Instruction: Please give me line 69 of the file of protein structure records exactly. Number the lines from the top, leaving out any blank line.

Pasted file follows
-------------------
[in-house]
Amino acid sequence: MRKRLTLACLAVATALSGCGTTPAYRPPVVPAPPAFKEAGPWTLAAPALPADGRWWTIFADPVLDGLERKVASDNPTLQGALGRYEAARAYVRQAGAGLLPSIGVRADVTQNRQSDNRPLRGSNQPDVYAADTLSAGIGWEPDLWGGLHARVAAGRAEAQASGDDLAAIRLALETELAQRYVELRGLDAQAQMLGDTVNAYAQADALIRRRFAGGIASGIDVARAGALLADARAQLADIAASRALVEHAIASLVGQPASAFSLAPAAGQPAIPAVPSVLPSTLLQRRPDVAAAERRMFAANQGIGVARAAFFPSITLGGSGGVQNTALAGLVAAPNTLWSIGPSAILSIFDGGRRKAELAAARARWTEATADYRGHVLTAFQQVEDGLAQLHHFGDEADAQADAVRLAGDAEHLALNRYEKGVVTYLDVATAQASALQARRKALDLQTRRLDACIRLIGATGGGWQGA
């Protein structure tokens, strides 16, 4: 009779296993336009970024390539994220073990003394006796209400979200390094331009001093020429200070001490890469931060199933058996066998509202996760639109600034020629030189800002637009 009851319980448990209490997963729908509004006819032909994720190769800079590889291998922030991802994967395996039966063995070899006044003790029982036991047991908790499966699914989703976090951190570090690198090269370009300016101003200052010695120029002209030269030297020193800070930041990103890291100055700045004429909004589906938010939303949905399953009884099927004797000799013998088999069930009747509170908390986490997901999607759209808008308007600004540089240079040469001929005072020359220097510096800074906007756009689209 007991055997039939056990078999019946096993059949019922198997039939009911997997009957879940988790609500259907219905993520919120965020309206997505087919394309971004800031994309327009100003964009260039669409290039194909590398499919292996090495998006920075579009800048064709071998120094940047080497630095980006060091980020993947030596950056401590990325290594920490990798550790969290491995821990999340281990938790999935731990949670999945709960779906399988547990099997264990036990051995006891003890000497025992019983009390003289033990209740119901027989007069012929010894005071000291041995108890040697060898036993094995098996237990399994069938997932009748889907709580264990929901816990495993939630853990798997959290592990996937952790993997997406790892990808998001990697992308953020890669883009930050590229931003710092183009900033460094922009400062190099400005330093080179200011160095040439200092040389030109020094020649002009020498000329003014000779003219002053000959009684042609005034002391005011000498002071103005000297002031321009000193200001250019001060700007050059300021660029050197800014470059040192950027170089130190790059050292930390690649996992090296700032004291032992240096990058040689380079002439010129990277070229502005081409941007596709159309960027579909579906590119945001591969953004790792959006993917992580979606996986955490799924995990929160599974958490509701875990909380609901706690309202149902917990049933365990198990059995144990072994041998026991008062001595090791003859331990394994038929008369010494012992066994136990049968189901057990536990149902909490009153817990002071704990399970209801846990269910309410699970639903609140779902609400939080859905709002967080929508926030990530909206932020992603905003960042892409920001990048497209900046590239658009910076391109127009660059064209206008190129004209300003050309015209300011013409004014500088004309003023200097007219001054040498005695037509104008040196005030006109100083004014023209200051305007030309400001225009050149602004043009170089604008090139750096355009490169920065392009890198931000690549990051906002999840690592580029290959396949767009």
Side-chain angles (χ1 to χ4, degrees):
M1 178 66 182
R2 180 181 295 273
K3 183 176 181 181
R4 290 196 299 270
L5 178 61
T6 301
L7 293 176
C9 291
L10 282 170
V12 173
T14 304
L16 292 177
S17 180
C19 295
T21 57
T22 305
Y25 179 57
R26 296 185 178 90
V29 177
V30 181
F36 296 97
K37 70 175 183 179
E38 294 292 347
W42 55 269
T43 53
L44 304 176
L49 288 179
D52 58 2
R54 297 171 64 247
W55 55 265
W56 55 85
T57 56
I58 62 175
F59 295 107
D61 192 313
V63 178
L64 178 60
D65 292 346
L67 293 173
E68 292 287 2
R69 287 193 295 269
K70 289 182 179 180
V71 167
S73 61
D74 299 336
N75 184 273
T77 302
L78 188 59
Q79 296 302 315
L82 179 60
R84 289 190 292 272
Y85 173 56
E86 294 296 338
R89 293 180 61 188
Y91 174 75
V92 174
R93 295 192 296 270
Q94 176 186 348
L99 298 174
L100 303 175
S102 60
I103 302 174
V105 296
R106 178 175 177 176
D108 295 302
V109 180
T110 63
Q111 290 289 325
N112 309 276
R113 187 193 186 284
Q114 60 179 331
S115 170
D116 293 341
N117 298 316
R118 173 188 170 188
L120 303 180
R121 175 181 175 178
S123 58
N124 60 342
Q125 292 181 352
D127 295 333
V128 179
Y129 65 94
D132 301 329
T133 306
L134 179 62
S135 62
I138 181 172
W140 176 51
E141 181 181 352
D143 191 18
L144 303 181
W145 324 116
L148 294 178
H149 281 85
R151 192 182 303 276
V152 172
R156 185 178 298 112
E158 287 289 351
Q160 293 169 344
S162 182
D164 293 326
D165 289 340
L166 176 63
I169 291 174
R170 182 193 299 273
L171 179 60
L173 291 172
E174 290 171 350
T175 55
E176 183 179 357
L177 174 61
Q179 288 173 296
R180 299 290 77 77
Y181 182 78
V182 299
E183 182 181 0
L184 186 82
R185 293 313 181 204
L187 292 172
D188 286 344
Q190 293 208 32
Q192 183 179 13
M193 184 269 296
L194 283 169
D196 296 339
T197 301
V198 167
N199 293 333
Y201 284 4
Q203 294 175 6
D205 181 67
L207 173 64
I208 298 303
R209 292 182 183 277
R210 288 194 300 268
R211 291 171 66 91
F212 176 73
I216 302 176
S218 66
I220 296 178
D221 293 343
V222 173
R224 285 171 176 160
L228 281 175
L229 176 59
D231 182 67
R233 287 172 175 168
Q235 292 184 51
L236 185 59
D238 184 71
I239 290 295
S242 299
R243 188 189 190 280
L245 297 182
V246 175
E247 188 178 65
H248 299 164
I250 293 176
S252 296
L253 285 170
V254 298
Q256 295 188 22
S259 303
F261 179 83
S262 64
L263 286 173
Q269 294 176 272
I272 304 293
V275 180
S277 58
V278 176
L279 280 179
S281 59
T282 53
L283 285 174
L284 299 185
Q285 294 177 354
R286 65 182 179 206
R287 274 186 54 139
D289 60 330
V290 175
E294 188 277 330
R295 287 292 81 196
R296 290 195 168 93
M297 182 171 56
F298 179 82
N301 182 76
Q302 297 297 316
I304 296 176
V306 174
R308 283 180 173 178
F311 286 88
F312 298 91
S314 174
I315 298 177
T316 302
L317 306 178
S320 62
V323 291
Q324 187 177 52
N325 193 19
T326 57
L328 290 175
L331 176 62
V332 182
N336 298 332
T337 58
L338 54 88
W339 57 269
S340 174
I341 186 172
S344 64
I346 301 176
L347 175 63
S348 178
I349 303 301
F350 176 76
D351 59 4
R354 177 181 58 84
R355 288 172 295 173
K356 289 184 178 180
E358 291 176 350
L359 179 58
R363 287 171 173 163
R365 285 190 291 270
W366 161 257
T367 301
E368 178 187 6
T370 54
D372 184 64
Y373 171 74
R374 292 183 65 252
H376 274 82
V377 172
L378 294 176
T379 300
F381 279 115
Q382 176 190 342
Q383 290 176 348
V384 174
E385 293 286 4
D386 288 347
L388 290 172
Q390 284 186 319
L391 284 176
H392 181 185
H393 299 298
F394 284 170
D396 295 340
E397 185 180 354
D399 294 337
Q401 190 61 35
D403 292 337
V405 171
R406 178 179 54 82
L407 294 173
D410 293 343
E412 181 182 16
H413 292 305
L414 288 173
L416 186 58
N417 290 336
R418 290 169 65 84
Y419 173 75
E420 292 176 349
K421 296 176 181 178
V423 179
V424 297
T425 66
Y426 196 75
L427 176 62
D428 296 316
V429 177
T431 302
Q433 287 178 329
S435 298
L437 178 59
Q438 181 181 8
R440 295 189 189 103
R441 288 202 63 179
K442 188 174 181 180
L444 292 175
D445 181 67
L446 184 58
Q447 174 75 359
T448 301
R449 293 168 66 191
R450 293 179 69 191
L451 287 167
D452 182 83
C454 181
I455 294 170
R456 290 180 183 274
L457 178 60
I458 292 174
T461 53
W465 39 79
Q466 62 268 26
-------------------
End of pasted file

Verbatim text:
D108 295 302